Men: Erotic Objects of Women’s Gaze
Posted by BroadBlogs
A nude woman frolics in silhouette as clothed men sleuth about, guns in hand and feet in chase. These images introduce The Spy Who Loved Me.
Flipping through TV stations the other day, this Bond rerun caught my eye and left me imagining the reverse: a nude man cavorting about as clothed women race in pursuit of criminals. Weird.
The female body is celebrated – or exploited – while the male body is ignored.
Check out People’s sexiest men. Until 2013s Channing Tatum you would be hard-pressed to see anything but face shots, loose T-shirts, and very few rippled muscles. Who could imagine a “sexiest woman” shoot sans bodies.
Searching for a calendar of sexy men at one bookstore, the closest I could find was Barack Obama.
Yeah, yeah, there is the occasional men’s underwear ad, but they are rare.
And when men walk around in the world they’re all covered up.
No wonder women don’t spend a lot of time checking out men’s bodies, ogling them or judging them.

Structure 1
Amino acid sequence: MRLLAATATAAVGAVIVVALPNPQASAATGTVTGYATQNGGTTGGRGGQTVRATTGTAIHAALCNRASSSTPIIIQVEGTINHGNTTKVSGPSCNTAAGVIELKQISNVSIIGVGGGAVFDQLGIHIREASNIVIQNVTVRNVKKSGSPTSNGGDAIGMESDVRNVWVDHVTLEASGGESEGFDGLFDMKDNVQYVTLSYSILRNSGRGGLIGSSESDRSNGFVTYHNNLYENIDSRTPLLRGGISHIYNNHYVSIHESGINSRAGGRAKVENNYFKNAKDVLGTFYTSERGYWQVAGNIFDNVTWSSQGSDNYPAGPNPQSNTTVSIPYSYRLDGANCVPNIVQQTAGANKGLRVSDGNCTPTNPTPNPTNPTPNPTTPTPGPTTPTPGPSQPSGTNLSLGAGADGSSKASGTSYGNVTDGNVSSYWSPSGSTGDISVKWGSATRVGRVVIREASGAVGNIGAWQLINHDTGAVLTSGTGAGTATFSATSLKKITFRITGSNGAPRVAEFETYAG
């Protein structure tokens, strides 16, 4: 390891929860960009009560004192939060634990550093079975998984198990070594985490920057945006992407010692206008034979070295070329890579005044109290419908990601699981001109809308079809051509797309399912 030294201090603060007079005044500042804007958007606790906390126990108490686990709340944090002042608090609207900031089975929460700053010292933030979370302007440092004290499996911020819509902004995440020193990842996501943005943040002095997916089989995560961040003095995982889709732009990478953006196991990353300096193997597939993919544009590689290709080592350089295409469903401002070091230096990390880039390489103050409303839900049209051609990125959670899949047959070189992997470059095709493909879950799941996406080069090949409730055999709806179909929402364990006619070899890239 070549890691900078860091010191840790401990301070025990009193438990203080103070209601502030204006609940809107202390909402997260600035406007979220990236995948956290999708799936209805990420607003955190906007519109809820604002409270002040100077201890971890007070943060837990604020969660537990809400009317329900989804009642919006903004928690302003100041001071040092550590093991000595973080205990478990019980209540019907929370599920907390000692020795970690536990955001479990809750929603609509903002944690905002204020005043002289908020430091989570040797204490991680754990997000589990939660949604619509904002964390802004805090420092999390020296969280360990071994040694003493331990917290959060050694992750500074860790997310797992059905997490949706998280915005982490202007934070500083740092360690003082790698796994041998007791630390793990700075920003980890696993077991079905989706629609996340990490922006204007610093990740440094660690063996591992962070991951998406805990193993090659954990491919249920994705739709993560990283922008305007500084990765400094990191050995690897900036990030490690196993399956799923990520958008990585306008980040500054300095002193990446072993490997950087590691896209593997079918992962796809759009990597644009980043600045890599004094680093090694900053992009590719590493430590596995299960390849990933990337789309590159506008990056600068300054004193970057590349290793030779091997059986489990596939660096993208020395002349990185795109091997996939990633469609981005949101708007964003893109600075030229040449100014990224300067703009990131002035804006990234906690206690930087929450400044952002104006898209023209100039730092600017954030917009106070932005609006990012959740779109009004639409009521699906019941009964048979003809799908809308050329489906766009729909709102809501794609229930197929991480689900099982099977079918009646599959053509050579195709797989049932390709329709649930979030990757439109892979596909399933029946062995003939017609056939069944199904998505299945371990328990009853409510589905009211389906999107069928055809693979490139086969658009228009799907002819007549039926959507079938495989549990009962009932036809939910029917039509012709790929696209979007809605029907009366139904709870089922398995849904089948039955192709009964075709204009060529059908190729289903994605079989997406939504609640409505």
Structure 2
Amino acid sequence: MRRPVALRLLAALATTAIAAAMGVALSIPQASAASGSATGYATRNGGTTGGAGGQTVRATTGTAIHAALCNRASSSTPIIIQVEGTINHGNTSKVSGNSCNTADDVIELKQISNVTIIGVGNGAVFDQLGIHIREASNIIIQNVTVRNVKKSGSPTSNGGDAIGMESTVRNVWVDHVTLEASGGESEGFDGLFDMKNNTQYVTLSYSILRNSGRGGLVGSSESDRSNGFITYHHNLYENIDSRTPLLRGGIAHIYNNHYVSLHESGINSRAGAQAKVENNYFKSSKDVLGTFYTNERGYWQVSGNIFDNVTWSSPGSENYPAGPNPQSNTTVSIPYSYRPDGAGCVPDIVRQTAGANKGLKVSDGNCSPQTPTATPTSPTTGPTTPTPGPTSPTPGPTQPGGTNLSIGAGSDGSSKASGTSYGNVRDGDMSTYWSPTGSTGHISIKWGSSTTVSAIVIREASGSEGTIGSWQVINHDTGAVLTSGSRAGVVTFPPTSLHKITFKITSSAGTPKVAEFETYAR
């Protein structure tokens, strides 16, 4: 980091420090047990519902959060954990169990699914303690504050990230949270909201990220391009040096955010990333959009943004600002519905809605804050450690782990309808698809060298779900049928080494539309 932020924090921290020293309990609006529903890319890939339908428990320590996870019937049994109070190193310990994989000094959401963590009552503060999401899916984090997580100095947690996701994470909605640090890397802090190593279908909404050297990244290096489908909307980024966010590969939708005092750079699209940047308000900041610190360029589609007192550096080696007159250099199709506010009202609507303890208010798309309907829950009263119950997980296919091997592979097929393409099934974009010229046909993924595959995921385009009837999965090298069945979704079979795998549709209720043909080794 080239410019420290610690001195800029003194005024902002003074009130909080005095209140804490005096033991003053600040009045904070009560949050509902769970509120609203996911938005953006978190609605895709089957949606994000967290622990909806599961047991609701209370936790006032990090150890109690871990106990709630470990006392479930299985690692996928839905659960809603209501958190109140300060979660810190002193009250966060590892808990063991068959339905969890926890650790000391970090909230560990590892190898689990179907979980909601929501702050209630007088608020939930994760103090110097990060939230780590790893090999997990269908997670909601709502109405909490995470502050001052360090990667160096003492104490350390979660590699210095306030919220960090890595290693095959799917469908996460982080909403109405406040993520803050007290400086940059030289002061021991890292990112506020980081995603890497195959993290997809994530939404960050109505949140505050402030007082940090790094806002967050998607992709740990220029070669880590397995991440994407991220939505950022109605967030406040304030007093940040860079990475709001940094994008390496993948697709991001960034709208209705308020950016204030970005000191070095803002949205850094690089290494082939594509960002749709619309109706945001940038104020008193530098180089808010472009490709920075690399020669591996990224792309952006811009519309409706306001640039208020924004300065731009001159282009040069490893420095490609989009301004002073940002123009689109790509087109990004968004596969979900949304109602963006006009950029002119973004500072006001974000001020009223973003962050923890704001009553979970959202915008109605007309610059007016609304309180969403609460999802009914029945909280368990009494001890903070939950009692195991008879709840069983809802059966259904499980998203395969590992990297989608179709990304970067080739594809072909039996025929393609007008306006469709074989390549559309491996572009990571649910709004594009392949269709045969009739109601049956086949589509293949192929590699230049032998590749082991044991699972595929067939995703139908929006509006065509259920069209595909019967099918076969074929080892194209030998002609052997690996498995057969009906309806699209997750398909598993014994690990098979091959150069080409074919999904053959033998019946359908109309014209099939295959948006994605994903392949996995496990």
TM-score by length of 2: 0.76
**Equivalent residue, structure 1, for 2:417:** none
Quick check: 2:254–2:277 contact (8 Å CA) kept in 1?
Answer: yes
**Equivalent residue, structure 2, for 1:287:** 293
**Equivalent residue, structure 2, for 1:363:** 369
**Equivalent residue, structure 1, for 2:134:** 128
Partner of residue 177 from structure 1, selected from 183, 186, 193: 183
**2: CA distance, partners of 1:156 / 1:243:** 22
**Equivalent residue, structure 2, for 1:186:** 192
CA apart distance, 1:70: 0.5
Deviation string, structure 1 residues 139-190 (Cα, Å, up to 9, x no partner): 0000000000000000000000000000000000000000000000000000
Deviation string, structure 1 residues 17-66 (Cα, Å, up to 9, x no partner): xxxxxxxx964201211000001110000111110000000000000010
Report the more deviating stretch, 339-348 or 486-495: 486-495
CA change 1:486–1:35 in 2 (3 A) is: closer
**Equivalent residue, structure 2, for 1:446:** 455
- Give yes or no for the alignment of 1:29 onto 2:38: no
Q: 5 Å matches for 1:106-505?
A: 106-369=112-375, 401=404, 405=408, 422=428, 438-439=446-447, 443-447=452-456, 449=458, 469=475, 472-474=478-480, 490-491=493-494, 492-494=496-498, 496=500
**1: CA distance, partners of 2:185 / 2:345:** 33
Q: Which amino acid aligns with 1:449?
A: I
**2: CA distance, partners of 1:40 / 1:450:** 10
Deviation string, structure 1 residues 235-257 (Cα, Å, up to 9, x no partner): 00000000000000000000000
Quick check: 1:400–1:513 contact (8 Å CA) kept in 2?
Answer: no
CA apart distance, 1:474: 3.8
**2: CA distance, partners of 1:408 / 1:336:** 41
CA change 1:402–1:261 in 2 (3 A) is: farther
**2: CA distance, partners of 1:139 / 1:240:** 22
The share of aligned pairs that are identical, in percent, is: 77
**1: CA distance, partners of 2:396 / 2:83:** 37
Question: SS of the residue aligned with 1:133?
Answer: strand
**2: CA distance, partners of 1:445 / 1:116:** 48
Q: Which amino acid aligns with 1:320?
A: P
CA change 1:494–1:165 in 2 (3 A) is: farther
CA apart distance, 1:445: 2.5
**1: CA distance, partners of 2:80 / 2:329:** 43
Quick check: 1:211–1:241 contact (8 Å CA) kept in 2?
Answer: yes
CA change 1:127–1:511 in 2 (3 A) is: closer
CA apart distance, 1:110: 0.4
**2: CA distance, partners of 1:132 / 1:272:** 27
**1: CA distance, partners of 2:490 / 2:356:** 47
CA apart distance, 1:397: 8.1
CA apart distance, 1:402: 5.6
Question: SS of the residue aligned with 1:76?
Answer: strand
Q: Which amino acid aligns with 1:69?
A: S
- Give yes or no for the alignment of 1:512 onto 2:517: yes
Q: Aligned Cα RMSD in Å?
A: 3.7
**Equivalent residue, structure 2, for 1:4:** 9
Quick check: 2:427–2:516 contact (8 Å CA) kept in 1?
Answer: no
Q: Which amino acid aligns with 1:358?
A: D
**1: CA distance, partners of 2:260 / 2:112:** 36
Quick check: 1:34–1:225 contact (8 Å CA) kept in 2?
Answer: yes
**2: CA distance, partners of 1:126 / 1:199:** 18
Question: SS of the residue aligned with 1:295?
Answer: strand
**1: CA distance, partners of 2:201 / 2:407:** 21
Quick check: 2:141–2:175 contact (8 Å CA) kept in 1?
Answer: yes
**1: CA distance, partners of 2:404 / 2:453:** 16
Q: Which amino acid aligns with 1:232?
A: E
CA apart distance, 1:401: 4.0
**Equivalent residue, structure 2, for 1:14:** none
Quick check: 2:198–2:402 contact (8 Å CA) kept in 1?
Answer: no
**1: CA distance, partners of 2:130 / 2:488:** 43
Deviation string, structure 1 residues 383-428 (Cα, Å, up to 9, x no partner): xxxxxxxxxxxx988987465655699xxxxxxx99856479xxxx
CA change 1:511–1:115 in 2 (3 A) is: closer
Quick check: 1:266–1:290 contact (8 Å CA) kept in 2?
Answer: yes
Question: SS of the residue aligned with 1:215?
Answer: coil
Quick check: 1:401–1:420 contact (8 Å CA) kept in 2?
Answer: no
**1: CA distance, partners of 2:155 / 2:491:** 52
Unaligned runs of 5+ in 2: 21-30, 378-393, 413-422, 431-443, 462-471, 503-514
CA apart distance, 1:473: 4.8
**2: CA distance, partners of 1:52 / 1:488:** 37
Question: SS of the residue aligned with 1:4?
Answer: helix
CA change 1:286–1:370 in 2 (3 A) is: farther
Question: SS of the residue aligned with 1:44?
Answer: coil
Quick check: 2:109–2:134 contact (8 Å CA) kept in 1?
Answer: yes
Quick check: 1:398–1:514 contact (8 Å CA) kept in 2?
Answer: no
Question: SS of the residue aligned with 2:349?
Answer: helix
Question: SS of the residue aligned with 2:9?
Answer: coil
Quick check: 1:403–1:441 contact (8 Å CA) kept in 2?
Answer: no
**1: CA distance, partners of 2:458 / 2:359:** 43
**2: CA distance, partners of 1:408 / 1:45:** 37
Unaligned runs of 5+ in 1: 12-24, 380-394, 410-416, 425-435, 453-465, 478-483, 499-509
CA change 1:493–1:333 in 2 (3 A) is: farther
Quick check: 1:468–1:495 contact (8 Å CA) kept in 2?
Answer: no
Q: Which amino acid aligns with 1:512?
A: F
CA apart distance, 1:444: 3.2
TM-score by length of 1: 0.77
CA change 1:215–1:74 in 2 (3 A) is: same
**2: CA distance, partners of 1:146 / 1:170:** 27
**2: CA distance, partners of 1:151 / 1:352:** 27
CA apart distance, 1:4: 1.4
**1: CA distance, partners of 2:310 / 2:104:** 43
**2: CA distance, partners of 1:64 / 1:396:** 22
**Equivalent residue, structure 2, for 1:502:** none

A man commented on one of my posts that (to paraphrase):
Not only are men not considered erotic, they are often used to get laughs. In Seinfeld, Elaine referred to the male body as “utilitarian,” implying that the female is much more erotic. George Costanza became a victim of “shrinkage.” Scenes of Johnny Knoxville running around in a thong get chuckles.
Why is the male body so de-eroticized?
One possibility: Men have historically controlled media, and they focus on what they find sexy (about 95% of them anyway). Homophobia further hinders eroticization. As women enter the industry we find more focus on men, but still not much compared with women. Meanwhile, showered with sexy-women images from the time they are small, even women come to find women the sexier of the species.
What if the world were to switch? Suddenly, a universe of men in Speedo’s?
What if women became subject, and men erotic object for women to gaze upon? What if women sought to consume men as objects? Judging them, grading their beauty? Would women feel empowered, experiencing themselves on the “person” side of the person/object divide?
Something to think about.
About BroadBlogsI have a Ph.D. from UCLA in sociology (emphasis: gender, social psych). I currently teach sociology and women's studies at Foothill College in Los Altos Hills, CA. I have also lectured at San Jose State. And I have blogged for Feminispire, Ms. Magazine, The Good Men Project and Daily Kos. Also been picked up by The Alternet.
Posted on January 21, 2013, in feminism, gender, men, objectification, psychology, sex and sexuality, sexism, women and tagged feminism, gender, objectification, psychology, sex and sexuality, sexism, social psychology, women. Bookmark the permalink. 50 Comments.